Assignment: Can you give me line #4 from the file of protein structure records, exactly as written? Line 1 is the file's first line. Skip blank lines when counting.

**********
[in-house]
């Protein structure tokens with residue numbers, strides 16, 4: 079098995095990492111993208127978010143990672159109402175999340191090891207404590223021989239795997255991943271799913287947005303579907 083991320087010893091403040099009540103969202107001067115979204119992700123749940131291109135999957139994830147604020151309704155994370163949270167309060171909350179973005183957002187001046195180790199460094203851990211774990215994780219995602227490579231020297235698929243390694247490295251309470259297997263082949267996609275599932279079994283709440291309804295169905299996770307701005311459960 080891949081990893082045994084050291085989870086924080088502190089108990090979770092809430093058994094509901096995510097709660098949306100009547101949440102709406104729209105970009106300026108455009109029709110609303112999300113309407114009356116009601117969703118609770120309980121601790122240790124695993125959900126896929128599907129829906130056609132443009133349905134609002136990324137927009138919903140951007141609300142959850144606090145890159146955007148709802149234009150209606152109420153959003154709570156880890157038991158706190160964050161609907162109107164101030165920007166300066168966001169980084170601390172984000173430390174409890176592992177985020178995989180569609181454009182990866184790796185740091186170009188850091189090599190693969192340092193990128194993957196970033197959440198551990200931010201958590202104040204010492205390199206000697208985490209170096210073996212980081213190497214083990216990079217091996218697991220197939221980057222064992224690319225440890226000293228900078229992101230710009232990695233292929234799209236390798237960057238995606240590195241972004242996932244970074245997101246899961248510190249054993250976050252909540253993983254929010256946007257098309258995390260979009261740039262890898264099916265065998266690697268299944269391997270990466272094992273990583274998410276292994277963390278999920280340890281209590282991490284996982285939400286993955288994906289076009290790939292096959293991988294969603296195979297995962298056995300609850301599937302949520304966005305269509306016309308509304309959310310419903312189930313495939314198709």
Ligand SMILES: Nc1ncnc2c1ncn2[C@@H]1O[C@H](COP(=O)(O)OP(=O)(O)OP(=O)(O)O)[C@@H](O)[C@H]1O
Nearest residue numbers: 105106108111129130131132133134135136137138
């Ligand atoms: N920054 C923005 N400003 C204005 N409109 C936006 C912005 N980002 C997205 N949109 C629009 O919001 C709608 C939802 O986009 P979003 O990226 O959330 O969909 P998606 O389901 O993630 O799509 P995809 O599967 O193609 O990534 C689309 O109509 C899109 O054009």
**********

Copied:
Nearest residue numbers: 105106108111129130131132133134135136137138